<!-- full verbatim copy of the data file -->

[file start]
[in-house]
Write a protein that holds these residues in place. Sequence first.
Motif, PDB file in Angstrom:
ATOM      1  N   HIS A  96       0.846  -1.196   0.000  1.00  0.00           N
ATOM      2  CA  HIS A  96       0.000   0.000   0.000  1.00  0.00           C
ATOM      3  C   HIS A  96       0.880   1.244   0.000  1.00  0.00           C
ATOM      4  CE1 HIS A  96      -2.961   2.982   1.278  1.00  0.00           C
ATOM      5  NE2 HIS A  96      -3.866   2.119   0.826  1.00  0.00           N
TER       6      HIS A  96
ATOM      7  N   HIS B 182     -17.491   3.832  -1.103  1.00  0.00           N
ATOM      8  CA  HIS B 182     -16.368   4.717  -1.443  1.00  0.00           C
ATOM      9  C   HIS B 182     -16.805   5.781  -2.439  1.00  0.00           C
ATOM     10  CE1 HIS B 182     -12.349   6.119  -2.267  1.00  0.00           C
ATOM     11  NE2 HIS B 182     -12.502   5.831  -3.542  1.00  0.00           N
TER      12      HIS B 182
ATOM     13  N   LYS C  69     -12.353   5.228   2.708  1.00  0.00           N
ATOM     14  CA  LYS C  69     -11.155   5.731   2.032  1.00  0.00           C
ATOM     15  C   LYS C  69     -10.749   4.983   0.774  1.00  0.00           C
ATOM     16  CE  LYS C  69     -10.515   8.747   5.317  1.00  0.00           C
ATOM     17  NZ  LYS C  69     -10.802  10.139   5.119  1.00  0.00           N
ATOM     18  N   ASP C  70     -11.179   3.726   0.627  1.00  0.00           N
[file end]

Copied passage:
[in-house]
Write a protein that holds these residues in place. Sequence first.
Motif, PDB file in Angstrom:
ATOM      1  N   HIS A  96       0.846  -1.196   0.000  1.00  0.00           N
ATOM      2  CA  HIS A  96       0.000   0.000   0.000  1.00  0.00           C
ATOM      3  C   HIS A  96       0.880   1.244   0.000  1.00  0.00           C
ATOM      4  CE1 HIS A  96      -2.961   2.982   1.278  1.00  0.00           C
ATOM      5  NE2 HIS A  96      -3.866   2.119   0.826  1.00  0.00           N
TER       6      HIS A  96
ATOM      7  N   HIS B 182     -17.491   3.832  -1.103  1.00  0.00           N
ATOM      8  CA  HIS B 182     -16.368   4.717  -1.443  1.00  0.00           C
ATOM      9  C   HIS B 182     -16.805   5.781  -2.439  1.00  0.00           C
ATOM     10  CE1 HIS B 182     -12.349   6.119  -2.267  1.00  0.00           C
ATOM     11  NE2 HIS B 182     -12.502   5.831  -3.542  1.00  0.00           N
TER      12      HIS B 182
ATOM     13  N   LYS C  69     -12.353   5.228   2.708  1.00  0.00           N
ATOM     14  CA  LYS C  69     -11.155   5.731   2.032  1.00  0.00           C
ATOM     15  C   LYS C  69     -10.749   4.983   0.774  1.00  0.00           C
ATOM     16  CE  LYS C  69     -10.515   8.747   5.317  1.00  0.00           C
ATOM     17  NZ  LYS C  69     -10.802  10.139   5.119  1.00  0.00           N
ATOM     18  N   ASP C  70     -11.179   3.726   0.627  1.00  0.00           N